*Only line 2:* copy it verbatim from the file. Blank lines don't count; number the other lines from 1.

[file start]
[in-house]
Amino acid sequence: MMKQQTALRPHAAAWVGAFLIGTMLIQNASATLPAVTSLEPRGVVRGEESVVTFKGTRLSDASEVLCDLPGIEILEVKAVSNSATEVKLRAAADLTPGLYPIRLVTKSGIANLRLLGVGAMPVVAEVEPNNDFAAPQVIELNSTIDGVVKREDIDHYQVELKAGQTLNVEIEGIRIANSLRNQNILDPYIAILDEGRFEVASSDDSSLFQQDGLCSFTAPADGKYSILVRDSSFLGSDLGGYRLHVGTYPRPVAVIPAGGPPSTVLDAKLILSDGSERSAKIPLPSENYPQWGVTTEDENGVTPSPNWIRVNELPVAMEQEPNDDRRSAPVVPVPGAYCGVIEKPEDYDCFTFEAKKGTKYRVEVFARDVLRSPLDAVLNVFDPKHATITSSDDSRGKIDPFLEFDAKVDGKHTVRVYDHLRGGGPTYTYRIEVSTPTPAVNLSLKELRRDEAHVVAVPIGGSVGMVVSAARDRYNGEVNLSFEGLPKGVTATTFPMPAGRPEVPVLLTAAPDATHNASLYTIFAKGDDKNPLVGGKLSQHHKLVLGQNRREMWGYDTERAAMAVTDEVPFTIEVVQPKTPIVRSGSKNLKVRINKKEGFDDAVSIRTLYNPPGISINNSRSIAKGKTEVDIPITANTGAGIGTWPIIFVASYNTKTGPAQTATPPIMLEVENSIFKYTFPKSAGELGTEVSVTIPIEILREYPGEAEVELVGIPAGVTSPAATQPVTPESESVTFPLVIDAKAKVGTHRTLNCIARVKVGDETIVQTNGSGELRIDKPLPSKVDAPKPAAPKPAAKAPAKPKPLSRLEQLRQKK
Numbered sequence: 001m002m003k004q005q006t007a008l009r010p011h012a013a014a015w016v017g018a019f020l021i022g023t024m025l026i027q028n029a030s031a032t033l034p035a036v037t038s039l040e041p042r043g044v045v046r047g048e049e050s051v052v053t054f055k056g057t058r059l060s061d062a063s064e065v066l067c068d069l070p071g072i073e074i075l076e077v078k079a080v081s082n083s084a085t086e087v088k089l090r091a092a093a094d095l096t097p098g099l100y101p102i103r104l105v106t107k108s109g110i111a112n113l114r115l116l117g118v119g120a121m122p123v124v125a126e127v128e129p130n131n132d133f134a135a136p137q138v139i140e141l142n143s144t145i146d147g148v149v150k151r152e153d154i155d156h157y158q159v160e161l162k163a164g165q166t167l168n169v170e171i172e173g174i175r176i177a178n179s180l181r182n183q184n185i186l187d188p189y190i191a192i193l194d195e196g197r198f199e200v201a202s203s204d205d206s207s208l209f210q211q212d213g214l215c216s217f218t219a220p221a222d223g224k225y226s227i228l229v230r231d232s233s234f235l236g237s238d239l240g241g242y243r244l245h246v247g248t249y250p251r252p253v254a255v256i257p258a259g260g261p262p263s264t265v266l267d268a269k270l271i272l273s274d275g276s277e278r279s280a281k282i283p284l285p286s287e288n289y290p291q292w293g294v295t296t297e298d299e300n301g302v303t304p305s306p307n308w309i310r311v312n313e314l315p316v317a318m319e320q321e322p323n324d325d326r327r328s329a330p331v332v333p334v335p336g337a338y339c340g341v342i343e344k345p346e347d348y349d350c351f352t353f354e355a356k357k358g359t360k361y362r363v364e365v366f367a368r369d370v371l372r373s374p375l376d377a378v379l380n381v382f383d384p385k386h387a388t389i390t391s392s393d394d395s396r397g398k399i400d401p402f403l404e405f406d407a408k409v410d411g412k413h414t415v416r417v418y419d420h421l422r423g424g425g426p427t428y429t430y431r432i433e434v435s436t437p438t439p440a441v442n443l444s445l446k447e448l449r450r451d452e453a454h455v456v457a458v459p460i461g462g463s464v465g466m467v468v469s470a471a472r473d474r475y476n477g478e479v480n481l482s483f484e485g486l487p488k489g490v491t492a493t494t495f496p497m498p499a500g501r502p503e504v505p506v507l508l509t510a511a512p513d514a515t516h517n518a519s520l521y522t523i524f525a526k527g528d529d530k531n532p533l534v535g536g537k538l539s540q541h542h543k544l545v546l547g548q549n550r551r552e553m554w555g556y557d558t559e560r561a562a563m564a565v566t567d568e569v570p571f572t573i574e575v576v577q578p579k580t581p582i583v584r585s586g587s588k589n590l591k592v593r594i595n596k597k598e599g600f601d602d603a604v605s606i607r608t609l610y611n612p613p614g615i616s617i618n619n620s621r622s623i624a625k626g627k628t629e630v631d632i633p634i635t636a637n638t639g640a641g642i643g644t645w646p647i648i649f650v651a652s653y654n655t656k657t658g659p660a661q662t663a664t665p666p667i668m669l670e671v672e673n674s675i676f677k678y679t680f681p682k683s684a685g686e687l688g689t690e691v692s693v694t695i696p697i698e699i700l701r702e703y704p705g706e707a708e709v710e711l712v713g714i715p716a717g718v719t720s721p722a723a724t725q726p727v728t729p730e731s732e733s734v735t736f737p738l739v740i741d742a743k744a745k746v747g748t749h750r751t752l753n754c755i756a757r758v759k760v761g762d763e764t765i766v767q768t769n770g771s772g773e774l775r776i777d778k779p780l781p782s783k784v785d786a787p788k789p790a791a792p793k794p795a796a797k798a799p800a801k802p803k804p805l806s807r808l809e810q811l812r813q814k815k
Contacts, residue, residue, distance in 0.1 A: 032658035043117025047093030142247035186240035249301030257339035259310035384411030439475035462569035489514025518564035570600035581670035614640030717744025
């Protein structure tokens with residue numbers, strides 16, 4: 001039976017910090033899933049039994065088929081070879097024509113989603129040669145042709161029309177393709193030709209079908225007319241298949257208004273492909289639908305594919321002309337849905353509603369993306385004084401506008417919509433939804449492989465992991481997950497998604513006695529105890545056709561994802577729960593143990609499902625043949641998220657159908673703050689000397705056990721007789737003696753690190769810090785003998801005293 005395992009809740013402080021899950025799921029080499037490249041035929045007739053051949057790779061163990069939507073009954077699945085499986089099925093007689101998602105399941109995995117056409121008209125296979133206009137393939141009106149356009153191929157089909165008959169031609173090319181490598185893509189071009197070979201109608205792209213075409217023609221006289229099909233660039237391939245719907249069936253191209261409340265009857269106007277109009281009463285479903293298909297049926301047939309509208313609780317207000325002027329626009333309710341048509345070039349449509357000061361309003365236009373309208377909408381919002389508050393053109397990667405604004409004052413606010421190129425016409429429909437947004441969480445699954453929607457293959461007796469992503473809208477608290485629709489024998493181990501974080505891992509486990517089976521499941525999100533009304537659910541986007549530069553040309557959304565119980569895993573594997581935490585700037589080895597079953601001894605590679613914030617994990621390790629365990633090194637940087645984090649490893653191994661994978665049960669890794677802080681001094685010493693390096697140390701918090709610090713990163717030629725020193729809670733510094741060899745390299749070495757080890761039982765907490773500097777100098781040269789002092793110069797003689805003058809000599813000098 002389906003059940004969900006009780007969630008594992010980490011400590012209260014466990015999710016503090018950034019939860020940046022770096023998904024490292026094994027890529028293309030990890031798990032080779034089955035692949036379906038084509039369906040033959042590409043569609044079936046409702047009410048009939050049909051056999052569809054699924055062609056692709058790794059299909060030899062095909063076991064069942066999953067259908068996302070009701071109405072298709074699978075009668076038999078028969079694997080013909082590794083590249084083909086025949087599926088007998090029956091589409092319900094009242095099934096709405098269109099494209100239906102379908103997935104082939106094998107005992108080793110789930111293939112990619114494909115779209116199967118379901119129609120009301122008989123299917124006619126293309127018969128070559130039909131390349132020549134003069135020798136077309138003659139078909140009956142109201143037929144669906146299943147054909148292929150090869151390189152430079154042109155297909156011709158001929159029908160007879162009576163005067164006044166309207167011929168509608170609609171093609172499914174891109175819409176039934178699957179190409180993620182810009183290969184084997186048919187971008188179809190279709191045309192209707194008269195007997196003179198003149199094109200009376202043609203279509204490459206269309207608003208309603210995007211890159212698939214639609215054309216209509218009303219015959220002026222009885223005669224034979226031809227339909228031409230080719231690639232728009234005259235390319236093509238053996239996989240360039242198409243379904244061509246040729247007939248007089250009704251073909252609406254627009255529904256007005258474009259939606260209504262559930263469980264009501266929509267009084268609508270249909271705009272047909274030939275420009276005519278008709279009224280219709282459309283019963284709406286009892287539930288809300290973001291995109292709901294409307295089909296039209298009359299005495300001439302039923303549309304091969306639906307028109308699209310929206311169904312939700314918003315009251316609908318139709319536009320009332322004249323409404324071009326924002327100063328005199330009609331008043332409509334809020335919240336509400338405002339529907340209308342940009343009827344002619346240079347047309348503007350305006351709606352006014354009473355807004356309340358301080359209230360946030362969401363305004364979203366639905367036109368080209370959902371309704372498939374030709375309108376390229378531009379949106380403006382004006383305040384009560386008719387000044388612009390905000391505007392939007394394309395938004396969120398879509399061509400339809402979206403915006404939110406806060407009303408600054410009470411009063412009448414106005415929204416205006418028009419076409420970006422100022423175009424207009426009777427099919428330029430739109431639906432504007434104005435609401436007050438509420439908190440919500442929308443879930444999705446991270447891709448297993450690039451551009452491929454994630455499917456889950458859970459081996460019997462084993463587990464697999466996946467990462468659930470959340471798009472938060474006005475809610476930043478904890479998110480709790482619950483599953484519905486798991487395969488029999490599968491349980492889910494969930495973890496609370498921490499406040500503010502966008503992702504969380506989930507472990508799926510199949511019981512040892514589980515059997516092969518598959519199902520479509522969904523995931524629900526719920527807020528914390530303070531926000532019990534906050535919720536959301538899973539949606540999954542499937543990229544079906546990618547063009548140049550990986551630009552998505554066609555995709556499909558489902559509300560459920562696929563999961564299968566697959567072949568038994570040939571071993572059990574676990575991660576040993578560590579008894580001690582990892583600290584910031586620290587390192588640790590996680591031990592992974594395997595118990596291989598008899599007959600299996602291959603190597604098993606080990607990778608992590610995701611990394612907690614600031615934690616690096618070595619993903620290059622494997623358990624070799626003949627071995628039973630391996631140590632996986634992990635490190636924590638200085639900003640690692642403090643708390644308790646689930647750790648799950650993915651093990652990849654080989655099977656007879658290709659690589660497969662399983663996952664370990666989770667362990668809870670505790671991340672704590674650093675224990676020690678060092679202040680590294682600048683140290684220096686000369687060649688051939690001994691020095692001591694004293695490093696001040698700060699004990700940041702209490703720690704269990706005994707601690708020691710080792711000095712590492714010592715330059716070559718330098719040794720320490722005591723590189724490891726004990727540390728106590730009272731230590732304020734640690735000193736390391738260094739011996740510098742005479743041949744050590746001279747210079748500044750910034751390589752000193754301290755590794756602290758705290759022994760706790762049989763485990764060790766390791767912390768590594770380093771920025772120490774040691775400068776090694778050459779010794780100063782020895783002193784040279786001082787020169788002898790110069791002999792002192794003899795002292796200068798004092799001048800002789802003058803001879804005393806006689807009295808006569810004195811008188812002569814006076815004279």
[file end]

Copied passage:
Amino acid sequence: MMKQQTALRPHAAAWVGAFLIGTMLIQNASATLPAVTSLEPRGVVRGEESVVTFKGTRLSDASEVLCDLPGIEILEVKAVSNSATEVKLRAAADLTPGLYPIRLVTKSGIANLRLLGVGAMPVVAEVEPNNDFAAPQVIELNSTIDGVVKREDIDHYQVELKAGQTLNVEIEGIRIANSLRNQNILDPYIAILDEGRFEVASSDDSSLFQQDGLCSFTAPADGKYSILVRDSSFLGSDLGGYRLHVGTYPRPVAVIPAGGPPSTVLDAKLILSDGSERSAKIPLPSENYPQWGVTTEDENGVTPSPNWIRVNELPVAMEQEPNDDRRSAPVVPVPGAYCGVIEKPEDYDCFTFEAKKGTKYRVEVFARDVLRSPLDAVLNVFDPKHATITSSDDSRGKIDPFLEFDAKVDGKHTVRVYDHLRGGGPTYTYRIEVSTPTPAVNLSLKELRRDEAHVVAVPIGGSVGMVVSAARDRYNGEVNLSFEGLPKGVTATTFPMPAGRPEVPVLLTAAPDATHNASLYTIFAKGDDKNPLVGGKLSQHHKLVLGQNRREMWGYDTERAAMAVTDEVPFTIEVVQPKTPIVRSGSKNLKVRINKKEGFDDAVSIRTLYNPPGISINNSRSIAKGKTEVDIPITANTGAGIGTWPIIFVASYNTKTGPAQTATPPIMLEVENSIFKYTFPKSAGELGTEVSVTIPIEILREYPGEAEVELVGIPAGVTSPAATQPVTPESESVTFPLVIDAKAKVGTHRTLNCIARVKVGDETIVQTNGSGELRIDKPLPSKVDAPKPAAPKPAAKAPAKPKPLSRLEQLRQKK